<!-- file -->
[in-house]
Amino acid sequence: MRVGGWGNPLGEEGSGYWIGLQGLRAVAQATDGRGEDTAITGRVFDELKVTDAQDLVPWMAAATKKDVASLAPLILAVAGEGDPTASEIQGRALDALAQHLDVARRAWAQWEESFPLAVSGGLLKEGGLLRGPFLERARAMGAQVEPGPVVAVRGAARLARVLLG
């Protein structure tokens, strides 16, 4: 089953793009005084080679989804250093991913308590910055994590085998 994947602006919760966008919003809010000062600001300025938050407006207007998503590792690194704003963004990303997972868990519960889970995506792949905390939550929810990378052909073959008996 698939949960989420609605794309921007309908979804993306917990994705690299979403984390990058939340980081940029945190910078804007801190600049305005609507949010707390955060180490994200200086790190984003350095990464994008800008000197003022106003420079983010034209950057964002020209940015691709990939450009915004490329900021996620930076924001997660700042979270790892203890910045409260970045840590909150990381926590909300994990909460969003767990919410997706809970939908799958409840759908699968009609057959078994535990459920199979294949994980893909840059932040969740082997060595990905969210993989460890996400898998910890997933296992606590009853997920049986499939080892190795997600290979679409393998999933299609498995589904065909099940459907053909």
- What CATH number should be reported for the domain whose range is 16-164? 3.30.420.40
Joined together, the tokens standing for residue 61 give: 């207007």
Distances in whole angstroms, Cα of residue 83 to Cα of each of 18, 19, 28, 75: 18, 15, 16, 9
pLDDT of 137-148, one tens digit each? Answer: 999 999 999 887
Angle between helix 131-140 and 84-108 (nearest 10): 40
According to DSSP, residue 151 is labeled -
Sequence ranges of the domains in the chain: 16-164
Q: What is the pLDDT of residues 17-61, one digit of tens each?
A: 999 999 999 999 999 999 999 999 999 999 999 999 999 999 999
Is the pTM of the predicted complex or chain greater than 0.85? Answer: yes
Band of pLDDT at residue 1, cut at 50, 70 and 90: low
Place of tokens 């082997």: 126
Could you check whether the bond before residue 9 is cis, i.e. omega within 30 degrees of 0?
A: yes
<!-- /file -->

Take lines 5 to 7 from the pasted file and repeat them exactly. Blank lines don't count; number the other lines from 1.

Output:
Joined together, the tokens standing for residue 61 give: 């207007």
Distances in whole angstroms, Cα of residue 83 to Cα of each of 18, 19, 28, 75: 18, 15, 16, 9
pLDDT of 137-148, one tens digit each? Answer: 999 999 999 887